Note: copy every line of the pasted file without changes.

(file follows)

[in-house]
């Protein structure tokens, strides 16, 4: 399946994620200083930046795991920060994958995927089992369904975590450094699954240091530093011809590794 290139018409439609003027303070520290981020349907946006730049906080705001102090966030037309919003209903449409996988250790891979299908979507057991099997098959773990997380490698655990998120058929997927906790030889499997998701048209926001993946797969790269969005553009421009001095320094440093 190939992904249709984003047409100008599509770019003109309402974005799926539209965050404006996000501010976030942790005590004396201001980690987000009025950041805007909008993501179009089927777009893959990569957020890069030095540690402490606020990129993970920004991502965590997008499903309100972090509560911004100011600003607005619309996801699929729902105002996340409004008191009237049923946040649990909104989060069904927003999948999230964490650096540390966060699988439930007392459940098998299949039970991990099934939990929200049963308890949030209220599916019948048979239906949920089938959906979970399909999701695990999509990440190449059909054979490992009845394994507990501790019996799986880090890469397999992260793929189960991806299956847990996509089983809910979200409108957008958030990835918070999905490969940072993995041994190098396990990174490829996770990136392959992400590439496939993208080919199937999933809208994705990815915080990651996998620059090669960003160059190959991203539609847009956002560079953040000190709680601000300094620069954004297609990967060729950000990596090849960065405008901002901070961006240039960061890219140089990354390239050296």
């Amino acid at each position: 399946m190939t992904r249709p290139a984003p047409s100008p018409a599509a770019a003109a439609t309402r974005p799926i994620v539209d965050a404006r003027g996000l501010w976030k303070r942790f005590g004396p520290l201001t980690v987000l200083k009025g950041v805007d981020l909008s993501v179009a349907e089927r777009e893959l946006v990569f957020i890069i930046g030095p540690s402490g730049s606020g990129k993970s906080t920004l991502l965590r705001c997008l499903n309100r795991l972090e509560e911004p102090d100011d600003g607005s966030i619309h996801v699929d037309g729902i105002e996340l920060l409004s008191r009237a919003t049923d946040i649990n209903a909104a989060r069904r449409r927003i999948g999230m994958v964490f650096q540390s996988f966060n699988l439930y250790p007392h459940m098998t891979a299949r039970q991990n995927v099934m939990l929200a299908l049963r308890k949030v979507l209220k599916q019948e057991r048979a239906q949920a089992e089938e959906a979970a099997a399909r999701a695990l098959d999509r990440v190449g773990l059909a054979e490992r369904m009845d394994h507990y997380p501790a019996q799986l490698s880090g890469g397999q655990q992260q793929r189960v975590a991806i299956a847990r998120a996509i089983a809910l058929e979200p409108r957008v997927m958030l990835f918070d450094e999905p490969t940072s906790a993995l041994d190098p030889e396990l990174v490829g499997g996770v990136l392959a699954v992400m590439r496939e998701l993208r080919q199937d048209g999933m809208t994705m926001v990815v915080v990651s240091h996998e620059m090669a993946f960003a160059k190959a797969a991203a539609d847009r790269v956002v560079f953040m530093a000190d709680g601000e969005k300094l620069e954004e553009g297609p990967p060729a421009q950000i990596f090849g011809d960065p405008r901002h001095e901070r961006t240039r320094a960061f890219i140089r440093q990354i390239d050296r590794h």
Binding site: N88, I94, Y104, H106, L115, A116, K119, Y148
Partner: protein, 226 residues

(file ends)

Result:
[in-house]
């Protein structure tokens, strides 16, 4: 399946994620200083930046795991920060994958995927089992369904975590450094699954240091530093011809590794 290139018409439609003027303070520290981020349907946006730049906080705001102090966030037309919003209903449409996988250790891979299908979507057991099997098959773990997380490698655990998120058929997927906790030889499997998701048209926001993946797969790269969005553009421009001095320094440093 190939992904249709984003047409100008599509770019003109309402974005799926539209965050404006996000501010976030942790005590004396201001980690987000009025950041805007909008993501179009089927777009893959990569957020890069030095540690402490606020990129993970920004991502965590997008499903309100972090509560911004100011600003607005619309996801699929729902105002996340409004008191009237049923946040649990909104989060069904927003999948999230964490650096540390966060699988439930007392459940098998299949039970991990099934939990929200049963308890949030209220599916019948048979239906949920089938959906979970399909999701695990999509990440190449059909054979490992009845394994507990501790019996799986880090890469397999992260793929189960991806299956847990996509089983809910979200409108957008958030990835918070999905490969940072993995041994190098396990990174490829996770990136392959992400590439496939993208080919199937999933809208994705990815915080990651996998620059090669960003160059190959991203539609847009956002560079953040000190709680601000300094620069954004297609990967060729950000990596090849960065405008901002901070961006240039960061890219140089990354390239050296």
């Amino acid at each position: 399946m190939t992904r249709p290139a984003p047409s100008p018409a599509a770019a003109a439609t309402r974005p799926i994620v539209d965050a404006r003027g996000l501010w976030k303070r942790f005590g004396p520290l201001t980690v987000l200083k009025g950041v805007d981020l909008s993501v179009a349907e089927r777009e893959l946006v990569f957020i890069i930046g030095p540690s402490g730049s606020g990129k993970s906080t920004l991502l965590r705001c997008l499903n309100r795991l972090e509560e911004p102090d100011d600003g607005s966030i619309h996801v699929d037309g729902i105002e996340l920060l409004s008191r009237a919003t049923d946040i649990n209903a909104a989060r069904r449409r927003i999948g999230m994958v964490f650096q540390s996988f966060n699988l439930y250790p007392h459940m098998t891979a299949r039970q991990n995927v099934m939990l929200a299908l049963r308890k949030v979507l209220k599916q019948e057991r048979a239906q949920a089992e089938e959906a979970a099997a399909r999701a695990l098959d999509r990440v190449g773990l059909a054979e490992r369904m009845d394994h507990y997380p501790a019996q799986l490698s880090g890469g397999q655990q992260q793929r189960v975590a991806i299956a847990r998120a996509i089983a809910l058929e979200p409108r957008v997927m958030l990835f918070d450094e999905p490969t940072s906790a993995l041994d190098p030889e396990l990174v490829g499997g996770v990136l392959a699954v992400m590439r496939e998701l993208r080919q199937d048209g999933m809208t994705m926001v990815v915080v990651s240091h996998e620059m090669a993946f960003a160059k190959a797969a991203a539609d847009r790269v956002v560079f953040m530093a000190d709680g601000e969005k300094l620069e954004e553009g297609p990967p060729a421009q950000i990596f090849g011809d960065p405008r901002h001095e901070r961006t240039r320094a960061f890219i140089r440093q990354i390239d050296r590794h």
Binding site: N88, I94, Y104, H106, L115, A116, K119, Y148
Partner: protein, 226 residues